Chung said the treatment of waste and sewage, and reduction in environmental pollution are major challenges that the city is focusing its efforts on.
Therefore, the city hopes to receive more active assistance from the Japanese Ministry of Environment in the field, he said, adding that Hanoi is willing to partner with the Japanese side to address relevant problems.
For his part, Takaaki Katsumata said his ministry will coordinate with Vietnam’s Ministry of Natural Resources and Environment to organise the Vietnam-Japan Environmental Week.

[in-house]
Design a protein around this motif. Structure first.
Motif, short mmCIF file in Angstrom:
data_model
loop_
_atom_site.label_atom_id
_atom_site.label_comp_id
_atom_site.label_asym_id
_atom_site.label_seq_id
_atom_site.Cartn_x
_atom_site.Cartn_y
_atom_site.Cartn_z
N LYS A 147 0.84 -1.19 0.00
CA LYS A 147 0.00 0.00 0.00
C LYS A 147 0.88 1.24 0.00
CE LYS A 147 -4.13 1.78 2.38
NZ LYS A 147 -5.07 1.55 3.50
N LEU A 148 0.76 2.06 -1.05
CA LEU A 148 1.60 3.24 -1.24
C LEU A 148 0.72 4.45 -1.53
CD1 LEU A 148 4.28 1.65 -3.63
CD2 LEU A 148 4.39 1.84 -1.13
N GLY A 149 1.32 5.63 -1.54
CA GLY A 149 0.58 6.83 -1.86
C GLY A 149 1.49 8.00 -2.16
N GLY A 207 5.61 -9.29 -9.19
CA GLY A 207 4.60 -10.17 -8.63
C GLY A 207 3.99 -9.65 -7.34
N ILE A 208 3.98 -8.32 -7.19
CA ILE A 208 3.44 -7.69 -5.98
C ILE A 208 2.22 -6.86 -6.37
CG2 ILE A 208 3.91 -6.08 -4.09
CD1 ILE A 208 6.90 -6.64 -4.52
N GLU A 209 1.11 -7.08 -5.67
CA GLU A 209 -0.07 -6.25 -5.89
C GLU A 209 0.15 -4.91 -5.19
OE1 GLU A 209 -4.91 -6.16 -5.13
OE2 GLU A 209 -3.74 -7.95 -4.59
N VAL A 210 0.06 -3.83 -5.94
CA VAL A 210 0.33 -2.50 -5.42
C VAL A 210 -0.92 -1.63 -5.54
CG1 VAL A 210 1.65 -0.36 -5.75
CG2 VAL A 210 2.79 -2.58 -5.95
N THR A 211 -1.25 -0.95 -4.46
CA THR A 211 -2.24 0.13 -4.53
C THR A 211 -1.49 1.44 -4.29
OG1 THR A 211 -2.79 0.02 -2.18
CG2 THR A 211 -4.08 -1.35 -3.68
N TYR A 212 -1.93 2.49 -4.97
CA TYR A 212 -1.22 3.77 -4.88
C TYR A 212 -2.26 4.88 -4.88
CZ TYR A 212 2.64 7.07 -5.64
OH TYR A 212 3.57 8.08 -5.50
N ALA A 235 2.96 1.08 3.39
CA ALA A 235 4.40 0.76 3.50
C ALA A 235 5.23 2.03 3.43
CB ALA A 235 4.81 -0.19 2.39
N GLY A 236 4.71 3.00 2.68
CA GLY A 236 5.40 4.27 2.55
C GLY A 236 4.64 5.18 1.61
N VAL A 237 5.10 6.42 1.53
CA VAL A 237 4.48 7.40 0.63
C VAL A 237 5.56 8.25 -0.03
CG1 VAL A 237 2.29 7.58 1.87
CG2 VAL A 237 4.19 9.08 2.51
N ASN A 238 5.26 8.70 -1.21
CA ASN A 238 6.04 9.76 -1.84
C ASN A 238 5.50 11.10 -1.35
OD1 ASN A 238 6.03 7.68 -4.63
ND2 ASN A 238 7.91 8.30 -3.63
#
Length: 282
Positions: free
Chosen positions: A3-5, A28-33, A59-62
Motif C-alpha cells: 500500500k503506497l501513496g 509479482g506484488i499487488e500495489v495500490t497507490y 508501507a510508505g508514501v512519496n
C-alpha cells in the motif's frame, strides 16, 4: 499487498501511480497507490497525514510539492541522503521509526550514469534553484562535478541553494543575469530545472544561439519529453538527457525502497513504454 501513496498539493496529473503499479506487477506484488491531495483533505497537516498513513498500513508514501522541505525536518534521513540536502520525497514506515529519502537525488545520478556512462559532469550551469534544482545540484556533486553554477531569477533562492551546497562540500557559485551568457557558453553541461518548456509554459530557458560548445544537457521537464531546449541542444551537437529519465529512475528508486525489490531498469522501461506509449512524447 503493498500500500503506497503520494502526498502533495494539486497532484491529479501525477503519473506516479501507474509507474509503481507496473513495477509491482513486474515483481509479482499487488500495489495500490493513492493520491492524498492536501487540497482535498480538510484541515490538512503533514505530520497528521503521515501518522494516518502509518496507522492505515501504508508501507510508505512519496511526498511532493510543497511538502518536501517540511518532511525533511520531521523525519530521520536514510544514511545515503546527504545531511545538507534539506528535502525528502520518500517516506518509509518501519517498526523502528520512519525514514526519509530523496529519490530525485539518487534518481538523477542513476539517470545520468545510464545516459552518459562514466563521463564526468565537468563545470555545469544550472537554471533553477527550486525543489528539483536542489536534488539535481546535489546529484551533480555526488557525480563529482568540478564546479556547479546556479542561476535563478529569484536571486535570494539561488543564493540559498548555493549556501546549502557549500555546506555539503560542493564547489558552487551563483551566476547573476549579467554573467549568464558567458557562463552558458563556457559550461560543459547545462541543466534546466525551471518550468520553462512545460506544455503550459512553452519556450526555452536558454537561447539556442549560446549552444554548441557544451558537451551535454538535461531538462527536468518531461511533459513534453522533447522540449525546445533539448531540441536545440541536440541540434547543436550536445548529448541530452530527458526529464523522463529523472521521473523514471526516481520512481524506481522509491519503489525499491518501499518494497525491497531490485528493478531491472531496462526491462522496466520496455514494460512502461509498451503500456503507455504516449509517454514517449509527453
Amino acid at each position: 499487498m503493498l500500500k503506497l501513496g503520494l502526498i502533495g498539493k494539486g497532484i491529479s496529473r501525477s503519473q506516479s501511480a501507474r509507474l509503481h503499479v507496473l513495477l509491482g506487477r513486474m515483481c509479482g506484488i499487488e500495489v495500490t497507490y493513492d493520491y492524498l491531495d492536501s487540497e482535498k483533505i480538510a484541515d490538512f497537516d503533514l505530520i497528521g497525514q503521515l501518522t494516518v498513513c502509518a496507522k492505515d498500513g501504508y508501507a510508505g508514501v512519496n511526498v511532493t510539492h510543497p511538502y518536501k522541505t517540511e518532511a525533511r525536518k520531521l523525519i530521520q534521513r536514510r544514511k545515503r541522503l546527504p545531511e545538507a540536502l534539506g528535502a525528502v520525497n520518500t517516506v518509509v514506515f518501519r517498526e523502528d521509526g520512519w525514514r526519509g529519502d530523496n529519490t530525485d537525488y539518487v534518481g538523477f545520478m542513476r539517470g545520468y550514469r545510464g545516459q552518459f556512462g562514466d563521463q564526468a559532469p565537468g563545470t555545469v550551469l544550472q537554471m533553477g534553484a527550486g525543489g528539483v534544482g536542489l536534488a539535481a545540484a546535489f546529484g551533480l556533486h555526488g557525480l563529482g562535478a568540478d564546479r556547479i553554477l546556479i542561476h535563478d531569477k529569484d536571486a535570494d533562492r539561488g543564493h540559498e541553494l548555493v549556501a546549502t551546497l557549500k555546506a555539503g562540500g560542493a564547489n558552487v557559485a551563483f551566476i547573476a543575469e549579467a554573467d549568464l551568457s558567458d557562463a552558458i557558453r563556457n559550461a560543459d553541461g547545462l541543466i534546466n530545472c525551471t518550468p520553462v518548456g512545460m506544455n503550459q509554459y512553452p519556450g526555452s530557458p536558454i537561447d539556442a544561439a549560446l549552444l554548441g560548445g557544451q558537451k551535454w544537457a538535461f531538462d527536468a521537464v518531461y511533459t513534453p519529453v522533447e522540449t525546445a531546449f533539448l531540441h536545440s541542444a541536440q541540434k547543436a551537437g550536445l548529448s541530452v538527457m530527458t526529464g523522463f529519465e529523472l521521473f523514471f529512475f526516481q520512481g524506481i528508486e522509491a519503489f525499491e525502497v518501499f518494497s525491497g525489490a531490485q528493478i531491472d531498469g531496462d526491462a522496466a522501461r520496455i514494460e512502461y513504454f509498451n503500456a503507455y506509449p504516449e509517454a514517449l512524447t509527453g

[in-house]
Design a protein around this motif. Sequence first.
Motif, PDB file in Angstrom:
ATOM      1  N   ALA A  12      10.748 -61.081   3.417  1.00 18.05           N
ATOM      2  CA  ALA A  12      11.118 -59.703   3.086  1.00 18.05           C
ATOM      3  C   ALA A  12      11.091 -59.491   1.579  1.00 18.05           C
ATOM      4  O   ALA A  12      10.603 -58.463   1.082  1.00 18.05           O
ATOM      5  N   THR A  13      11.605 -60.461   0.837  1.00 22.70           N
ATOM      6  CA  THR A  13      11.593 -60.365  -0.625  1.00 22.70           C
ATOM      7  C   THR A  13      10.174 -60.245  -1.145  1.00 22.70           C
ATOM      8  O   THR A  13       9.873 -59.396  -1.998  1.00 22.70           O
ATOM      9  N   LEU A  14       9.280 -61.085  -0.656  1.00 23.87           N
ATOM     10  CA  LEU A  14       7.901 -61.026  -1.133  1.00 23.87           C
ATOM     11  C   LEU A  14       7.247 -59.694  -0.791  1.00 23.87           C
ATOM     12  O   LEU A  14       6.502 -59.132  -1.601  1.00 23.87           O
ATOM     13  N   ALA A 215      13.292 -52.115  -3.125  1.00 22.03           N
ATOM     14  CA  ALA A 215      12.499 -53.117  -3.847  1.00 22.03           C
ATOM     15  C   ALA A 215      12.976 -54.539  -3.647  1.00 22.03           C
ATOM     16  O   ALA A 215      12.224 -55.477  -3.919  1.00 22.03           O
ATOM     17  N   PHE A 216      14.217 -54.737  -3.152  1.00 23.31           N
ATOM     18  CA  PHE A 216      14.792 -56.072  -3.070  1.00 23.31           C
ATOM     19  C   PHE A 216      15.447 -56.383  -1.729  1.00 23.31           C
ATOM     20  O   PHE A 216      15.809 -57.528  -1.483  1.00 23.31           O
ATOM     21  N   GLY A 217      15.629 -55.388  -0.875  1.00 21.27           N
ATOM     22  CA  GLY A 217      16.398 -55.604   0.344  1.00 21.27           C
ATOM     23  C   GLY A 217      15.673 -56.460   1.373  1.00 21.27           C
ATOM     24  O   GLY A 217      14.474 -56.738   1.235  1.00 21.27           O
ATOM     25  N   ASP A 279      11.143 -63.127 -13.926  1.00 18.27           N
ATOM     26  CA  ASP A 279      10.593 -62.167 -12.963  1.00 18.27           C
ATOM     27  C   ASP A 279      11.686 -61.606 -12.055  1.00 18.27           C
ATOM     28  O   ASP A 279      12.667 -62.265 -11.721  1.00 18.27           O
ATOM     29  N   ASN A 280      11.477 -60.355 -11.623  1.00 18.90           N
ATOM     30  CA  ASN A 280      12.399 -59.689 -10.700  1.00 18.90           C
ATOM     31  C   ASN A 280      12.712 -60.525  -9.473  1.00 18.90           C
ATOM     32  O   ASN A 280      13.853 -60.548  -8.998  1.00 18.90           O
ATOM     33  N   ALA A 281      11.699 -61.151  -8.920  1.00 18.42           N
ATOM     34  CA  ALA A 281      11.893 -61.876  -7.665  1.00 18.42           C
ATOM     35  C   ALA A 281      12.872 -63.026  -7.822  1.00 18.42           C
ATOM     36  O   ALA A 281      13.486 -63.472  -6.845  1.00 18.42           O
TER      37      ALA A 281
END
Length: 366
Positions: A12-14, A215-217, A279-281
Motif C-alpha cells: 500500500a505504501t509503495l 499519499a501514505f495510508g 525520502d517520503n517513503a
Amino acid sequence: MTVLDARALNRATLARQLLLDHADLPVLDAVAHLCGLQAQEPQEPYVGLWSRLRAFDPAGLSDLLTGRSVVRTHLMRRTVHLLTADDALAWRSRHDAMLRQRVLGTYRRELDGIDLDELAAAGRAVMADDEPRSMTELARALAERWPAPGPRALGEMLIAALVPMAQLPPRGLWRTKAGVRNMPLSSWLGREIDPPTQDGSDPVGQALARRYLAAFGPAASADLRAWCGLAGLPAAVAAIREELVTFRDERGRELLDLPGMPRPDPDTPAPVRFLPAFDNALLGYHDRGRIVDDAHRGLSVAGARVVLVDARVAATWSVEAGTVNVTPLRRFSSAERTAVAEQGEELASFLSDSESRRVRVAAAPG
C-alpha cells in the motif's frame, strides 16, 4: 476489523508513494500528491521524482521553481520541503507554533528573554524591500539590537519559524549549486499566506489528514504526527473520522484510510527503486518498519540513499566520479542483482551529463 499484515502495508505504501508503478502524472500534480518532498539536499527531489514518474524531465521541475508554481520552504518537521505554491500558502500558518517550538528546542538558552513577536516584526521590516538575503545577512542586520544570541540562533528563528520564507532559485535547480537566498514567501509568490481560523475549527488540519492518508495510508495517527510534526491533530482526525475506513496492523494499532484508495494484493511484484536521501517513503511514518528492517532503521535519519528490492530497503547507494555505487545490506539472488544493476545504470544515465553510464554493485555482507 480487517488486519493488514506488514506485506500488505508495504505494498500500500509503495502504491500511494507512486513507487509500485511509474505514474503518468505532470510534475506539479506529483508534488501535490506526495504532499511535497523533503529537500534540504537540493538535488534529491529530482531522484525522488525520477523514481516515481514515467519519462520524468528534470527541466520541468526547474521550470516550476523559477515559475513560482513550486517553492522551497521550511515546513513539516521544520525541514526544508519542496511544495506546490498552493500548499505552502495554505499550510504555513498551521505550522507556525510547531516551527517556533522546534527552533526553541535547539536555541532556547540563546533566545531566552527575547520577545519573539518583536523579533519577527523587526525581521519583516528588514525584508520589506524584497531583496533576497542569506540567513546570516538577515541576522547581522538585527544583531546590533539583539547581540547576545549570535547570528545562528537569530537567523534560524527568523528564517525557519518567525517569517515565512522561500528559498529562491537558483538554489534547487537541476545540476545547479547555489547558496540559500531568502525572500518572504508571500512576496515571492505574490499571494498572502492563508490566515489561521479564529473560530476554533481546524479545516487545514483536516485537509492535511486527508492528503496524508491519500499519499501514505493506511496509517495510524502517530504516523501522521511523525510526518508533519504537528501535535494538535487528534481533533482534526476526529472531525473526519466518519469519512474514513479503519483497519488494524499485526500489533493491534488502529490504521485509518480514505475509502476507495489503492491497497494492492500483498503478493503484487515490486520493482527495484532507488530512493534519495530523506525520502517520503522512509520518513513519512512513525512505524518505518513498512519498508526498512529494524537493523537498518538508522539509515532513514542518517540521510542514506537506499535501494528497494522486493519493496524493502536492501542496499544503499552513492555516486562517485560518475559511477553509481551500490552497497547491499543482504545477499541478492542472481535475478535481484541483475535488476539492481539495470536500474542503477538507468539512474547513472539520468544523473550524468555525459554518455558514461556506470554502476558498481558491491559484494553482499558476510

A number of workshops and seminars will be held during the week to introduce Japan’s fuel technology in Vietnam as well as promote investment and connect businesses of countries that are interested in environmental issues, he added.
The vice minister added that within the framework of the environmental week, the two sides will set up a committee responsible for waste treatment and management.
There will also be programmes introducing bilateral cooperation activities, he said.
Chairman Chung said Hanoi put into operation Vietnam’s first waste-to-energy facility in Nam Son Waste Treatment Complex, Soc Son district, in May 2017.
The factory applies Japan’s most advanced technology with a waste treatment capacity of 75 tonnes per day.